I am travelling to an area known as the Lakelands. As the most water-rich country in the world, Finland has more than 188,000 lakes, as many islands, and 37 national parks. While the area is dear to Finns, Europeans, and Russians for cottage and spa getaways, most North Americans are in the dark about this Finnish hinterland. To shed some light on the subject, I will be journeying through this heartland of waterways to experience boating, nature, saunas, Finnish cuisine, and, surprisingly, a Mozart opera in a Medieval castle.
I arrive mid-morning after my hour flight from Helsinki to Savonlinna and am met by my friend Tanja. "We're off to Lomamokkila B&B for coffee," she says. Tanja explains that cottage stays are a booming business in Finland, and the Lakeland area has most. Lomamokkila is a rustic farmhouse oozing with charm that is close to the airport, close to the opera, yet in the middle of the lake region. Rated No. 1 on Trip Advisor, the owners speak English and ensure each person's stay is memorable.
After coffee and a delicious buffet breakfast, (my favourites were the oatmeal porridge and the small cheese croissants), we journey to Punkaharju, witnessing glacial scars and ridges left by retreating glaciers from the last ice age. This iconic ridge is one of Finland's national landscapes and is protected by a national reserve. Nearby and worth a stop is Lusto's Forest Museum, focusing on Finnish forest culture in the past, present, and future.
Savonlinna – home of the opera
Then it's off to Savonlinna, a popular spa town of about 37,000, built on a chain of islands in the heart of the lake district. This is also home to the world famous Savonlinna opera. "We have tickets," Tanja proclaims with a smile. First is a dinner cruise aboard the steam ship Paul Wahl, where we toast and dine on Finnish favorites like salmon, whitefish and arctic berries. Then, we arrive in time for a summer's evening at the opera.
The world famous Savonlinna opera festival is the largest opera venue in Finland. What makes it extra special is that the opera takes place in the medieval Olavinlinna castle. Built in 1475, it is known for its excellent acoustics.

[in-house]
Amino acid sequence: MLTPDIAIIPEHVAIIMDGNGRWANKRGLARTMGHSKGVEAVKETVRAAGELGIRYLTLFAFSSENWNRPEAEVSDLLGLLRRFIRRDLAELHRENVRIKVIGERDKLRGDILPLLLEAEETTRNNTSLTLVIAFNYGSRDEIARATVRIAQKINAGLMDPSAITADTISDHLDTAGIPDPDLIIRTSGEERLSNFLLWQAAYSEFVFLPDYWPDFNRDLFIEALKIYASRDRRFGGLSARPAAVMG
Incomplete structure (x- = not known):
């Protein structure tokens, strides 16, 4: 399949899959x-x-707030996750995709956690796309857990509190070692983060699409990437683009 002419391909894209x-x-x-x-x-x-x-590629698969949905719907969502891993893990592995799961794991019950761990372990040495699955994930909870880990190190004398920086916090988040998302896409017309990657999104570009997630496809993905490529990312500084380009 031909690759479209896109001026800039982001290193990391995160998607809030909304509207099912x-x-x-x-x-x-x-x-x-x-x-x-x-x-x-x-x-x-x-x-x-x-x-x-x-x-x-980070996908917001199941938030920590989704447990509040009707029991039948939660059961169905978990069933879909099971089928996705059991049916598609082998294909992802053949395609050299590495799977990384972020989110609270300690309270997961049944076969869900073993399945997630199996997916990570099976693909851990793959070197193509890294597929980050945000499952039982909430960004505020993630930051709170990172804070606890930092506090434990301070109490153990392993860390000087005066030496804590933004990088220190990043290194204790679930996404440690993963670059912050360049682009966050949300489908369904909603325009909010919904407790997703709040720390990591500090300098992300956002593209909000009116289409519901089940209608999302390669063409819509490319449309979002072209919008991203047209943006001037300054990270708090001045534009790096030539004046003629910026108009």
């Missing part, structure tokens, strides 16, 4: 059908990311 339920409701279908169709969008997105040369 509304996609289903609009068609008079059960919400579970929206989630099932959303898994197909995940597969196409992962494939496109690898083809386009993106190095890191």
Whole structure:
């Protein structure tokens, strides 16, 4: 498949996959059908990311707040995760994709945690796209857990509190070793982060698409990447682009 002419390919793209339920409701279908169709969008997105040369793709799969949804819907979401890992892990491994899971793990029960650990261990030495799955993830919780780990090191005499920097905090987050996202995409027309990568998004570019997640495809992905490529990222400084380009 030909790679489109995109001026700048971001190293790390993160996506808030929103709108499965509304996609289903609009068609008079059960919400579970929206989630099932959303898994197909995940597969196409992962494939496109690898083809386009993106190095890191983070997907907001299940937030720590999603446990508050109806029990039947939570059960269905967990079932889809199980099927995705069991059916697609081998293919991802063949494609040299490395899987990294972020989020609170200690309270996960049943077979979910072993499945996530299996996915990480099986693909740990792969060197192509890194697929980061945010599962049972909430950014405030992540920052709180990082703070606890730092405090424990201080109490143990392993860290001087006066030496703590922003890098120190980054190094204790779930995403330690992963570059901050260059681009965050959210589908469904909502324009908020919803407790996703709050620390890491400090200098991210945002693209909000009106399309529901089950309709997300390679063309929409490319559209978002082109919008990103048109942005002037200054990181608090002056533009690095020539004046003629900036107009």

The castle dates back to when Sweden and Russia strengthened their borders with castles and fortifications. In the Middle Ages, Sweden controlled most of present-day Finland until the Great Northern War of 1714-1721, when Sweden lost its position of power. By 1743, the castle became a Russian border fortification. From 1855 to 1861, the castle's military role ceased, and it served as a prison from 1855 to 1861. By the 1870's, the castle was beginning to be transformed into a historical monument.
The first opera was held in the castle in 1912 at the behest of Finnish soprano opera singer Aino Ackte. She was convinced that first-class opera in a romantic, medieval castle amidst breathtaking scenery would be an unforgettable experience. After a couple false starts due mainly to revolutions and world wars, opera made a full-fledged comeback when it became a yearly event in 1967.
Today, the Savonlinna Opera Festival is considered one of Finland's finest cultural endeavours, and one that appeals to opera lovers the world over. It has grown from a one-week event into a month-long festival, celebrating Finnish opera at its best. Over 60,000 opera fans attend the annual venue, and about 10 per cent come from abroad.
According to Mayor Janne Laine, "The Savonlinna Opera Festival was a product of the patriotic fervour that viewed Finnish culture as an integral part of the national identity. The Festival has withstood the passage of time and is still a platform for opera of the highest standard in one of Finland's most attractive tourist towns."
Tonight we see Mozart's The Magic Flute. This has been a flagship production since 1973, seen by at least two generations of opera fans. The opera is presented in two acts, with libretto by Emanuel Schikaneder drawing on various sources.
Surrounded by a surreal, almost gothic, and yet fairytale atmosphere, I am mesmerized by the setting and the plot. And though it is sung in Finnish, it is easy to follow thanks to English subtitles. Looking around, it is clearly a favourite of young and old alike.
Tamino is the hero and sets off with a magic flute to help him rescue Pamina, daughter of the Queen of the Night, held prisoner by Sarastro. The Queen swears to seek revenge on Sarastro and challenges the sun with the brilliance of her song. But who is really on the side of goodness?
The production is stellar and I can hardly wait for next year, when two Italian classics grace the stage. Puccini's Tosca and Verdi's La Traviata will be presented with their numerous popular arias. I plan to be there.
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